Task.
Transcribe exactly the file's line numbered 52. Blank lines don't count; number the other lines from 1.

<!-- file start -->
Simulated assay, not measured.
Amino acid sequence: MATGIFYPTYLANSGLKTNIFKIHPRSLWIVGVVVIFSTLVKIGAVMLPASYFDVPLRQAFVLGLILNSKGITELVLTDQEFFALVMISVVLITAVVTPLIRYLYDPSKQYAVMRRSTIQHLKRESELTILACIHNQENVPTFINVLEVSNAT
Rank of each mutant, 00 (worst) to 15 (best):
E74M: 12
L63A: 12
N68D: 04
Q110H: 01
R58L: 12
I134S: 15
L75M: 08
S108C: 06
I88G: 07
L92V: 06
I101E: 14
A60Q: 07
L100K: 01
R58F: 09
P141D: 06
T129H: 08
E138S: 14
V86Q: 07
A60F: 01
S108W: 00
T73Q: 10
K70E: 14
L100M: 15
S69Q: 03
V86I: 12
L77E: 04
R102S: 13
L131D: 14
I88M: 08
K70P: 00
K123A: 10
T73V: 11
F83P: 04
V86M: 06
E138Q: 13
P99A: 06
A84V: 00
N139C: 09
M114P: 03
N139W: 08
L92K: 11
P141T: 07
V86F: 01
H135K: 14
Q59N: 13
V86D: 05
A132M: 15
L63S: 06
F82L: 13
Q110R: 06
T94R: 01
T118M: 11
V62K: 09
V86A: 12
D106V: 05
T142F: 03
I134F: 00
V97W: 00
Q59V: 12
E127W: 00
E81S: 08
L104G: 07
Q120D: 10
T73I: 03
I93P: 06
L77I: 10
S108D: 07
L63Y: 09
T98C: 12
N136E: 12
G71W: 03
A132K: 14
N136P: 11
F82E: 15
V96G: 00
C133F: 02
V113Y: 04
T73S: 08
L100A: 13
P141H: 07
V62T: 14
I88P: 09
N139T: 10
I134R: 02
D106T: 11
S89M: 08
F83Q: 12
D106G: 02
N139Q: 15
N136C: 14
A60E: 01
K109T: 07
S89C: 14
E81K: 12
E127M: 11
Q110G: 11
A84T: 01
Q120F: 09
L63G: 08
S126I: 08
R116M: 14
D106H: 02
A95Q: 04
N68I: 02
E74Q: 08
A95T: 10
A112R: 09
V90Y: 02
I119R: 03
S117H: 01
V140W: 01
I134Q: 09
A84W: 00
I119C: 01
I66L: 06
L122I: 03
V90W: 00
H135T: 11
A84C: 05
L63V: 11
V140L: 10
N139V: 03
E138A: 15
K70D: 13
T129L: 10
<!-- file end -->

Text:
F82L: 13